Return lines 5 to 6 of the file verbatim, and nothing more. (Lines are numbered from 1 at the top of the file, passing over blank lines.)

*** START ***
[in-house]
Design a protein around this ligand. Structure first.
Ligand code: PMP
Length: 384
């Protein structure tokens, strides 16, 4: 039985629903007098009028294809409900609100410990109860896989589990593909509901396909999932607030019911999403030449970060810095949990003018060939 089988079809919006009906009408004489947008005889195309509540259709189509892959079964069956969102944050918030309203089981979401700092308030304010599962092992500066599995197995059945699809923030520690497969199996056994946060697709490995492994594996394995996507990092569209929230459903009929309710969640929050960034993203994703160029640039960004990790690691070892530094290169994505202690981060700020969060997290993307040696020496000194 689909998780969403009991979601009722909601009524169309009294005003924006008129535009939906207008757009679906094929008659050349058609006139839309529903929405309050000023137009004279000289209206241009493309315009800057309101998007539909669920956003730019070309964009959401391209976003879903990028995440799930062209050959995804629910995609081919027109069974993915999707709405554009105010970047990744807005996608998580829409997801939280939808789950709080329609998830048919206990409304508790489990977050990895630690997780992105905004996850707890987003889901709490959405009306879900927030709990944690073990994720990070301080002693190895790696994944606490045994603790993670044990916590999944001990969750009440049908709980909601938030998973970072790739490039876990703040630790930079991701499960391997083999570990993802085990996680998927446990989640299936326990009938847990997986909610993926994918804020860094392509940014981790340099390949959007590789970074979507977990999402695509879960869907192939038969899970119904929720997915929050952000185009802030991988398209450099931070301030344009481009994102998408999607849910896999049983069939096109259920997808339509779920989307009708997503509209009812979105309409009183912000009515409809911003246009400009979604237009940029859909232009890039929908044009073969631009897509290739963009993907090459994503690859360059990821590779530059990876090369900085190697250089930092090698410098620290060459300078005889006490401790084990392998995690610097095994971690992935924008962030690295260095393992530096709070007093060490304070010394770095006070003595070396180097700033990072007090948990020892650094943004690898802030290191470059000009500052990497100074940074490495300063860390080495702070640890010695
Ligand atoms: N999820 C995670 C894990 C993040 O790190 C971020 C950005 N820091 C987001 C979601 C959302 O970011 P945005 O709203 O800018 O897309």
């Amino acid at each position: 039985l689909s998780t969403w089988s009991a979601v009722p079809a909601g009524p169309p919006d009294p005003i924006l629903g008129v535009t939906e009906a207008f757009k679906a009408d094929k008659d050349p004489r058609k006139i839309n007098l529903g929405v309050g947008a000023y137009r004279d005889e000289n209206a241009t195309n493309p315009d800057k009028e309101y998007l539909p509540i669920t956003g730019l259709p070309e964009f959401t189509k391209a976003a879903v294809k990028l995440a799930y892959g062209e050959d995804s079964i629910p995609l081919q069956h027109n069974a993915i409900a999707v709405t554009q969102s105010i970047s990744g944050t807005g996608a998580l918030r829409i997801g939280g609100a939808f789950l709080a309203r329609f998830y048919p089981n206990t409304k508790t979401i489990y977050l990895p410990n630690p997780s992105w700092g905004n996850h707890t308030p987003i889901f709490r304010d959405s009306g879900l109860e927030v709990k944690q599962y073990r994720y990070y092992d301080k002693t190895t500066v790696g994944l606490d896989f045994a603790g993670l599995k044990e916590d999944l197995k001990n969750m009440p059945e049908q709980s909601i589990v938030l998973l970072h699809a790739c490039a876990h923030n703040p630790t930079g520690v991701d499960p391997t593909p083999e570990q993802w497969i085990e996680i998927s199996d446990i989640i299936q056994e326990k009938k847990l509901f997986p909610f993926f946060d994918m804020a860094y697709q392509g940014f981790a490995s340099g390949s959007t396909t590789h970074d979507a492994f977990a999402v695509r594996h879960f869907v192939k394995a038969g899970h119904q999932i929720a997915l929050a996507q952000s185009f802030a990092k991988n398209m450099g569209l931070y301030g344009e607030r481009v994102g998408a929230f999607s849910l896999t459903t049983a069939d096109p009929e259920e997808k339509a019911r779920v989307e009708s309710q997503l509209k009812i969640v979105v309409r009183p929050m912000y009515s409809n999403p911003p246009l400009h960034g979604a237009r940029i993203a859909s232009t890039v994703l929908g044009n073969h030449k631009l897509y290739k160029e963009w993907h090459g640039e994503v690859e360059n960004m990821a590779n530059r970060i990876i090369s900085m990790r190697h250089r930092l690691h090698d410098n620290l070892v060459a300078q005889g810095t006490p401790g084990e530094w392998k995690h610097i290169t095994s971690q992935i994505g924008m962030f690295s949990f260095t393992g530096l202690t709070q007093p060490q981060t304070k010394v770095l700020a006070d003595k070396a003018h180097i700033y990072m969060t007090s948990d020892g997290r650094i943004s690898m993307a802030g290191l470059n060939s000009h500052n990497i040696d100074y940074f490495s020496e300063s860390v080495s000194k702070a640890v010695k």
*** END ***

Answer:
């Protein structure tokens, strides 16, 4: 039985629903007098009028294809409900609100410990109860896989589990593909509901396909999932607030019911999403030449970060810095949990003018060939 089988079809919006009906009408004489947008005889195309509540259709189509892959079964069956969102944050918030309203089981979401700092308030304010599962092992500066599995197995059945699809923030520690497969199996056994946060697709490995492994594996394995996507990092569209929230459903009929309710969640929050960034993203994703160029640039960004990790690691070892530094290169994505202690981060700020969060997290993307040696020496000194 689909998780969403009991979601009722909601009524169309009294005003924006008129535009939906207008757009679906094929008659050349058609006139839309529903929405309050000023137009004279000289209206241009493309315009800057309101998007539909669920956003730019070309964009959401391209976003879903990028995440799930062209050959995804629910995609081919027109069974993915999707709405554009105010970047990744807005996608998580829409997801939280939808789950709080329609998830048919206990409304508790489990977050990895630690997780992105905004996850707890987003889901709490959405009306879900927030709990944690073990994720990070301080002693190895790696994944606490045994603790993670044990916590999944001990969750009440049908709980909601938030998973970072790739490039876990703040630790930079991701499960391997083999570990993802085990996680998927446990989640299936326990009938847990997986909610993926994918804020860094392509940014981790340099390949959007590789970074979507977990999402695509879960869907192939038969899970119904929720997915929050952000185009802030991988398209450099931070301030344009481009994102998408999607849910896999049983069939096109259920997808339509779920989307009708997503509209009812979105309409009183912000009515409809911003246009400009979604237009940029859909232009890039929908044009073969631009897509290739963009993907090459994503690859360059990821590779530059990876090369900085190697250089930092090698410098620290060459300078005889006490401790084990392998995690610097095994971690992935924008962030690295260095393992530096709070007093060490304070010394770095006070003595070396180097700033990072007090948990020892650094943004690898802030290191470059000009500052990497100074940074490495300063860390080495702070640890010695
Ligand atoms: N999820 C995670 C894990 C993040 O790190 C971020 C950005 N820091 C987001 C979601 C959302 O970011 P945005 O709203 O800018 O897309």